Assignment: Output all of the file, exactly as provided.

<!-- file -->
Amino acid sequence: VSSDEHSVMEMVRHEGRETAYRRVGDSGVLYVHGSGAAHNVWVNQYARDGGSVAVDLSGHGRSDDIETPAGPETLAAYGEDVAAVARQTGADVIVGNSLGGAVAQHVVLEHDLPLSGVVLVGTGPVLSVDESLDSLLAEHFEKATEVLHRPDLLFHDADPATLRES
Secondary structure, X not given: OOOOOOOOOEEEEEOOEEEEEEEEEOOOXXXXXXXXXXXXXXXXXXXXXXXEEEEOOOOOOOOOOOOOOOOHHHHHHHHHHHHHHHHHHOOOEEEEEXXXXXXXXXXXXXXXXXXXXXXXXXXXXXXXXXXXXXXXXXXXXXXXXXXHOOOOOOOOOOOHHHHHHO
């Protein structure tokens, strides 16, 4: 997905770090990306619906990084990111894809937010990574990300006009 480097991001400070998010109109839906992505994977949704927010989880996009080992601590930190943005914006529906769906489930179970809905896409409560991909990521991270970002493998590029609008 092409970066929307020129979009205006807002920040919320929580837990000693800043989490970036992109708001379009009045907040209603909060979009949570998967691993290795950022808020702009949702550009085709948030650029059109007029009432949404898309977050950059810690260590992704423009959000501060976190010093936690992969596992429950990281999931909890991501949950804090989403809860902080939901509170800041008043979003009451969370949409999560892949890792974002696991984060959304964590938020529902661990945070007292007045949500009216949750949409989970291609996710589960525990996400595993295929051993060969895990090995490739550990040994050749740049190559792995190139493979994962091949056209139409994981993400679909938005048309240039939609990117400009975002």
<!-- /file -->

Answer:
Amino acid sequence: VSSDEHSVMEMVRHEGRETAYRRVGDSGVLYVHGSGAAHNVWVNQYARDGGSVAVDLSGHGRSDDIETPAGPETLAAYGEDVAAVARQTGADVIVGNSLGGAVAQHVVLEHDLPLSGVVLVGTGPVLSVDESLDSLLAEHFEKATEVLHRPDLLFHDADPATLRES
Secondary structure, X not given: OOOOOOOOOEEEEEOOEEEEEEEEEOOOXXXXXXXXXXXXXXXXXXXXXXXEEEEOOOOOOOOOOOOOOOOHHHHHHHHHHHHHHHHHHOOOEEEEEXXXXXXXXXXXXXXXXXXXXXXXXXXXXXXXXXXXXXXXXXXXXXXXXXXHOOOOOOOOOOOHHHHHHO
């Protein structure tokens, strides 16, 4: 997905770090990306619906990084990111894809937010990574990300006009 480097991001400070998010109109839906992505994977949704927010989880996009080992601590930190943005914006529906769906489930179970809905896409409560991909990521991270970002493998590029609008 092409970066929307020129979009205006807002920040919320929580837990000693800043989490970036992109708001379009009045907040209603909060979009949570998967691993290795950022808020702009949702550009085709948030650029059109007029009432949404898309977050950059810690260590992704423009959000501060976190010093936690992969596992429950990281999931909890991501949950804090989403809860902080939901509170800041008043979003009451969370949409999560892949890792974002696991984060959304964590938020529902661990945070007292007045949500009216949750949409989970291609996710589960525990996400595993295929051993060969895990090995490739550990040994050749740049190559792995190139493979994962091949056209139409994981993400679909938005048309240039939609990117400009975002």